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Fireworks light up the community

Although the public didn't know it at the time, the community of Rankin Inlet began moving down the road to a fireworks display it could take great pride in when Rankin Fire Chief Mark Wyatt was asked to handle the display on New Year's Eve two years ago.
As it turned out, Wyatt had an extensive history in producing professional-quality fireworks displays and decided it was time the community ungraded its ability to put on a memorable event after struggling through the first New Year's Eve with family-type fireworks the hamlet had traditionally used for the show.
Wyatt said that first show didn't look horrible or anything of that nature but the fireworks on-hand were not the quality you would use to put on a first-class fireworks show.
He said after getting through that first show, he vowed he would never use that quality of fireworks to put on a display again.
"I've been doing commercial fireworks shows for years, so we decided to train some people in the fire department and a couple more in the recreation department to be able to assist in the delivery of a great show," said Wyatt.
"They all got certified and we've been ordering commercial fireworks ever since; doing a show this past New Year's Eve, then another one at Easter and then our third this New Year's Day.
"The shows have stayed the same size in terms of the size of the mortars being used but we seem to be getting better with our presentation every time we do a show.
"The first show we lit all of the fireworks individually but then, this past April, I started teaching people how to tie them together so that we light one fuse and 10 of them will go off, sequenced in a row, so everything is timed a little better now and our most recent show went really, really well."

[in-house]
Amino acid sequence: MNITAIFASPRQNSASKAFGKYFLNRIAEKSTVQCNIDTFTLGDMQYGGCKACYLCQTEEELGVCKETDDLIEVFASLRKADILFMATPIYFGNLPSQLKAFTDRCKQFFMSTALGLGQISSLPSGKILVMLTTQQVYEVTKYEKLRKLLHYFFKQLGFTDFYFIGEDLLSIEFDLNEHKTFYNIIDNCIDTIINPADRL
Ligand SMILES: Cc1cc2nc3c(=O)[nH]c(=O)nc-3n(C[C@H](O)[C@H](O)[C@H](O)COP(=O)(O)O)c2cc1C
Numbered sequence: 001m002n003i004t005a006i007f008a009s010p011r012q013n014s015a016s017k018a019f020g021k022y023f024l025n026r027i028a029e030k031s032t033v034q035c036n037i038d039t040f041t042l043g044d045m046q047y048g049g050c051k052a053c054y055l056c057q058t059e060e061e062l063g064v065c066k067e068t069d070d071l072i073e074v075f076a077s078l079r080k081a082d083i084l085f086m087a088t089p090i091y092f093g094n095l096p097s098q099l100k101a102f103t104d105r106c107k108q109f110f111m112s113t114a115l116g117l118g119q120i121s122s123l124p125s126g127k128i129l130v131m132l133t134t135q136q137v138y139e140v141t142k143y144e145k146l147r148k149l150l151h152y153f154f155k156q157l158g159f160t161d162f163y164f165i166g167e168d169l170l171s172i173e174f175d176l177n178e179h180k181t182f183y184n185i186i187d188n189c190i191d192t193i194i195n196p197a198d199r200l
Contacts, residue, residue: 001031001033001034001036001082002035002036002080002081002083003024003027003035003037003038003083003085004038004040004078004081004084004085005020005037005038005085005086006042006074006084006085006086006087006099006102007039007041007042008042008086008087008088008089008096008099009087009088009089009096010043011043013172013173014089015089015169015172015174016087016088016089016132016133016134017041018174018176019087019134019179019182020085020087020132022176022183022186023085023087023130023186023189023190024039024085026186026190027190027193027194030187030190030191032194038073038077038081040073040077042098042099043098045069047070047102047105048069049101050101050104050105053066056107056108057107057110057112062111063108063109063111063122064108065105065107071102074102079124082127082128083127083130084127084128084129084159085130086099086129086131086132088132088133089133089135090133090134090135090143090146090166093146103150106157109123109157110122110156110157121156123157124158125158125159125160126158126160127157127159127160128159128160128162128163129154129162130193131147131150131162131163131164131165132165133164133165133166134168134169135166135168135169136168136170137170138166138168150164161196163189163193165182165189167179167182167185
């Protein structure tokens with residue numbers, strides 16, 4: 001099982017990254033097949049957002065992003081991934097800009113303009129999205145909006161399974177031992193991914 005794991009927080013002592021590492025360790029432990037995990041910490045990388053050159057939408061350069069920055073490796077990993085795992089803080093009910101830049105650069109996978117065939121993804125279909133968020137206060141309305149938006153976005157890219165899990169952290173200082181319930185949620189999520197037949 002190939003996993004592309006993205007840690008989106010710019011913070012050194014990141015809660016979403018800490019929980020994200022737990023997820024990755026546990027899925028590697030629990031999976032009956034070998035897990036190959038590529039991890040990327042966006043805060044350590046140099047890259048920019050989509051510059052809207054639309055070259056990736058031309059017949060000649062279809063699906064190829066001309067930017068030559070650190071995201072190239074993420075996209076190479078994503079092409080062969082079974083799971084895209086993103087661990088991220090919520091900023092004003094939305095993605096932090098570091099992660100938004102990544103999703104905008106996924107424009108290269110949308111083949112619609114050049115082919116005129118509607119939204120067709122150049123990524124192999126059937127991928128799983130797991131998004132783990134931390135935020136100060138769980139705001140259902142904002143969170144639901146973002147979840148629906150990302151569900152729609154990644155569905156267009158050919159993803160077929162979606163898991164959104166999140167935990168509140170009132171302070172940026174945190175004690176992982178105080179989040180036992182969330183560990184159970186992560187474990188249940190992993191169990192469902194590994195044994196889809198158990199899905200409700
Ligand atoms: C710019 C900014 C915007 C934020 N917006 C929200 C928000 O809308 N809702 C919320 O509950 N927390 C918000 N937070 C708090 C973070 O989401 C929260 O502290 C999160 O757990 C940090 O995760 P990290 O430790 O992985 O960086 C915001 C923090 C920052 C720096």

The current fireworks display cost a bit more than $4,000 to hold in Rankin Inlet.
Wyatt said the price tag is actually good value for the money.
He said there have been absolutely no safety concerns associated with the display since moving up to the commercial level.
"We take all the necessary precautions that we're supposed to.
"This year, we were scheduled to do the display on New Year's Eve again but our winds were a little more than 40 km/h, gusting to 60 km/h.
"Our threshold is 40 kilometres per hour but, with where we are in town, I don't think I would even do them at 40 km/h because when you send a shell 600 feet up into the air under those conditions, it's going to drift a lot.
"That's why we postponed them, because of the weather, and it was much safer on New Year's Day."
Wyatt said from the feedback he's received, people in the community love the commercial display and now look forward to it.
He said everyone he talked to really thought this year's show was great.
"There were headlights all around the whole of Williamson Lake, which looked pretty impressive to me, but, in terms of how big the crowd actually was, I was too focused on the show itself and making sure the guys were safe with their lighting to really take notice.
"People have been pretty good every show, as far as any safety issues are concerned.
"We have one of our firefighters patrol the lake on a snowmobile and we stay down there from the time we start setting up to make sure everyone's safe.
"We work together with recreation for each of the shows and there is talk at this point of doing another show at Easter but nothing has been confirmed as of yet."